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Degree Requirements (MSGA)

MSGA Degree Requirements

The maximum number of credits a graduate student should take per semester is 12 (4 classes). In order for students to have good academic standing, they must maintain a 3.0 GPA throughout the course of the program.  

Most Fall and Spring Semester courses meet for a total of 14 sessions for 2 hours and 40 minutes each.

Summer courses are divided into 2 sessions.  Most courses meet 12 times per session – 2 times a week for 6 weeks.  Each class session lasts up to 3 hours.  Students are advised to take only one class per summer session. Note: In order to qualify for federal financial aid during the summer semester, students must take a minimum of 6 credits or 2 courses.

Some of our courses meet on intensive and special schedules during Fall, Spring, January Term, and Summer.  These courses have been designed to meet the required number of hours to fulfill 3-credits and are announced as available. 

Download the Degree Requirements Worksheet 

Overview of MSGA Degree (approved as of Fall 2015)

4 Core Courses (12 Credits)
6 Concentration Courses (18 Credits) - each concentration has one required course
3 Electives (9 Credits)
1 Capstone or Thesis Project (3 Credits)

Total: 14 Courses (42 Credits)

MSGA Core Courses (All courses are required)

MSGA Core Courses are offered every semester and limited sections are often offered in summer sessions, with at least one evening section during the fall and spring semesters. International Relations and International Political Economy are not offered in the summer sessions.  The Core is the foundation for the global affairs degree and careers in the field.

Core Courses

 International Relations in the Post Cold War Era GLOB1-GC 1000
 International Political Economy GLOB1-GC 1030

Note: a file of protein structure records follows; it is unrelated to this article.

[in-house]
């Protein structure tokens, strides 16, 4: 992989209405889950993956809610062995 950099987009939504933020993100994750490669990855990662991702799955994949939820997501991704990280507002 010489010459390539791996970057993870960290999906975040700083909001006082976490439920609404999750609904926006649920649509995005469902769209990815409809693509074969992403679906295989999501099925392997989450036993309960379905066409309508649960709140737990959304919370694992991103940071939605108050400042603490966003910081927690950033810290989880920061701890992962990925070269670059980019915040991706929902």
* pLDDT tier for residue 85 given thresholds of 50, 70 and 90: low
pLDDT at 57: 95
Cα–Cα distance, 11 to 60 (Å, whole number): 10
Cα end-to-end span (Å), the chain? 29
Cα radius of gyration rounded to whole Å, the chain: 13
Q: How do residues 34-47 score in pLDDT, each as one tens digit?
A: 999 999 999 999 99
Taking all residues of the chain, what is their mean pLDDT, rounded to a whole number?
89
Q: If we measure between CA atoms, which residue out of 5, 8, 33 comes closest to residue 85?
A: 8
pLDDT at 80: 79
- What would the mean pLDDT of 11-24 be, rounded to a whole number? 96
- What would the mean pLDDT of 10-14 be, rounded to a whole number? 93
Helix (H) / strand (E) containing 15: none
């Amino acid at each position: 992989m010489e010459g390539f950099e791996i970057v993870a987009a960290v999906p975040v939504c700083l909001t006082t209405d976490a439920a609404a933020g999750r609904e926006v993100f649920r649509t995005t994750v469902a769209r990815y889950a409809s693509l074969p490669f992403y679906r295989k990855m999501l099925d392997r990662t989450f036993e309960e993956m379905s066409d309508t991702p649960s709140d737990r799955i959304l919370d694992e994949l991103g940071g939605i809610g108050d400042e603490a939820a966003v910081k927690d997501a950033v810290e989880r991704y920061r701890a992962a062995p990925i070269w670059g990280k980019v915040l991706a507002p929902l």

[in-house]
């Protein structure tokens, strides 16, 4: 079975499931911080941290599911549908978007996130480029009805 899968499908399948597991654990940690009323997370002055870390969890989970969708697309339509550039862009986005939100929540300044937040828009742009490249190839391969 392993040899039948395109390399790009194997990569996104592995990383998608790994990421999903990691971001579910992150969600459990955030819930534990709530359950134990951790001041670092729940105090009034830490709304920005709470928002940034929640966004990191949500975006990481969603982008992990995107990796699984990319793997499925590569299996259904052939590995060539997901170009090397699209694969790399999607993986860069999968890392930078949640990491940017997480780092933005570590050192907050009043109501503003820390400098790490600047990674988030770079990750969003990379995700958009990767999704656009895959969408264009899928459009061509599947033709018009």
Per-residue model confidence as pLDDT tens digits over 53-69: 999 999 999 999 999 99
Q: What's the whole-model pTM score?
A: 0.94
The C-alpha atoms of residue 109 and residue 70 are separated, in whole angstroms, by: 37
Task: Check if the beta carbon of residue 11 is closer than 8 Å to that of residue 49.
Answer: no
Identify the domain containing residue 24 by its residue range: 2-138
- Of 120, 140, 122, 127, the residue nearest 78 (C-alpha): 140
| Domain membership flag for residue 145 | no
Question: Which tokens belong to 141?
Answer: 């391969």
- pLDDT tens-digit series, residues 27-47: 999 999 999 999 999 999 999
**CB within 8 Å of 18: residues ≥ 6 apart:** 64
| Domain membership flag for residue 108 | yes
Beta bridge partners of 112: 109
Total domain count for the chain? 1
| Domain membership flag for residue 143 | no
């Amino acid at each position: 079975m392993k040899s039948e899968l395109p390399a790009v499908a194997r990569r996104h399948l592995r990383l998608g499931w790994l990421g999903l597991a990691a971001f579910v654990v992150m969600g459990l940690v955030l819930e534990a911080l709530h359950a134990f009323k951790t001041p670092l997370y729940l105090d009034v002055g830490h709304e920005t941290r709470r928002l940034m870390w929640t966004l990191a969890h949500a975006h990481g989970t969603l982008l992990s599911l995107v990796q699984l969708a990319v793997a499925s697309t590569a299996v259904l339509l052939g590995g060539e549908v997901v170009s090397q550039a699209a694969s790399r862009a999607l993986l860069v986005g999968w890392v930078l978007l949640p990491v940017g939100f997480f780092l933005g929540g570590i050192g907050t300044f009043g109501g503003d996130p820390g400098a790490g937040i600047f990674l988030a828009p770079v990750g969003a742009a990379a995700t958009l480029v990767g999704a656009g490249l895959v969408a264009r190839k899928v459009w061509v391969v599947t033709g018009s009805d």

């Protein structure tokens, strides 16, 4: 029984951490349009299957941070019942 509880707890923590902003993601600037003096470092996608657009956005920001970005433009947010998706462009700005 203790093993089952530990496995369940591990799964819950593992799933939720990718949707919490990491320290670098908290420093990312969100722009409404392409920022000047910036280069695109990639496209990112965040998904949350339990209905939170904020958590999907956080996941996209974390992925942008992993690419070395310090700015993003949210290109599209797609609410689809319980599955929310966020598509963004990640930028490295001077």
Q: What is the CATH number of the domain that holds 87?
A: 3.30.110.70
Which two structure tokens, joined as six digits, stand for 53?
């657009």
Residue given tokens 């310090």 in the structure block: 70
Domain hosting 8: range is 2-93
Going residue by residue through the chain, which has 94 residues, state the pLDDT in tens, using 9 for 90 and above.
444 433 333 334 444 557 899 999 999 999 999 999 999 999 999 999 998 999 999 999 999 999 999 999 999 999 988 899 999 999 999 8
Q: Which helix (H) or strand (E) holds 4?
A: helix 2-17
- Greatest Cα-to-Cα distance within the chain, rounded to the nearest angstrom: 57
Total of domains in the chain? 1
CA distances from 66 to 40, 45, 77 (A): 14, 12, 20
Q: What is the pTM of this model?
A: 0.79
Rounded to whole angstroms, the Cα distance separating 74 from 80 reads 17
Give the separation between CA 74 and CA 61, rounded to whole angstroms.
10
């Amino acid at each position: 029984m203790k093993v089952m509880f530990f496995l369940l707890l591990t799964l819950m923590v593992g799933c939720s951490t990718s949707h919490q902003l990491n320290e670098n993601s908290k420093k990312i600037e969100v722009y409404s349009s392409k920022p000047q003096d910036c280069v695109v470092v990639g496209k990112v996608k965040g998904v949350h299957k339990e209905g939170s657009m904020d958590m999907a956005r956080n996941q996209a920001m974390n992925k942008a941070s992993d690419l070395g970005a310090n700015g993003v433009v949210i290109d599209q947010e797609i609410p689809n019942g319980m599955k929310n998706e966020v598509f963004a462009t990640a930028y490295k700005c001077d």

International Law GLOB1-GC 1040
 Analytical Skills for Global Affairs GLOB1-GC 3035

MSGA Concentration Courses (6 required)

A minimum of 6 courses or 18 credits are required in your chosen concentration. In addition to the courses specified below by concentration, Global Field Intensive courses can be applied towards any concentration, upon successful application and approval. A solid research argument must be made in the proposal/application statement; information about Global Field Intensives can be found on the academic website and this information is updated throughout the academic year.

Use the comprehensive course list to help you with planning.

Most concentrations have a non-core prerequisite. See the chart below.

Concentration     Required Concentration Course
 International Relations/Global Futures The Future of International Relations / GLOB1-GC 
 Transnational Security Transnational Security / GLOB1-GC 2000
 Private Sector Fundamentals of Corporate Finance / GLOB1-GC 2295
 International Development & Humanitarian Assistance Developing Countries in the Global Economy / GLOB1-GC 1020
 Environment/Energy Policy Energy & the Environment / GLOB1-GC 2430
 Human Rights & International Law International Human Rights / GLOB1-GC 2240
 Peacebuilding Peacemaking and Peacebuilding / GLOB1-GC 1010
 Global Gender Studies Gender and International Affairs / GLOB1-GC 2340


A student is required to take 3 courses or 9 general elective credits. The elective requirement may be fulfilled by any course within the MSGA curriculum including Global Field Intensives and Regional Study courses, or 2 other courses through another NYU graduate program such as Wagner, Stern, or the Graduate School of Arts and Sciences.  Non-MSGA courses can only be applied toward general elective requirements and transfer credits must be pre-approved by department administration.  Students must follow specific NYU school cross-registration procedures. 

MSGA Regional Study Courses

Regional courses count as electives. One regional course can be used to fulfill a concentration requirement if the student produces written work that is relevant to his or her concentration. Note:  MSGA Regional Study Courses are offered in alternating semesters whenever possible.

From the Mughals to Modernity: India’s Democracy and Its Discontents
GLOB1-GC 1060
Inside Latin AmericaGLOB1-GC 1100
Europe in the 21st CenturyGLOB1-GC 1105
Inside Africa TodayGLOB1-GC 1110
Asia Today: An IntroductionGLOB1-GC 1115
A Global Context: Transformation in Central AsiaGLOB1-GC 1125
Russia and the WorldGLOB1-GC 1130
National Security, Politics, and Society: The Middle EastGLOB1-GC 1135
Vietnam and ASEAN at the Vortex of Geopolitics and the World Economy in the 21st CenturyGLOB1-GC 1140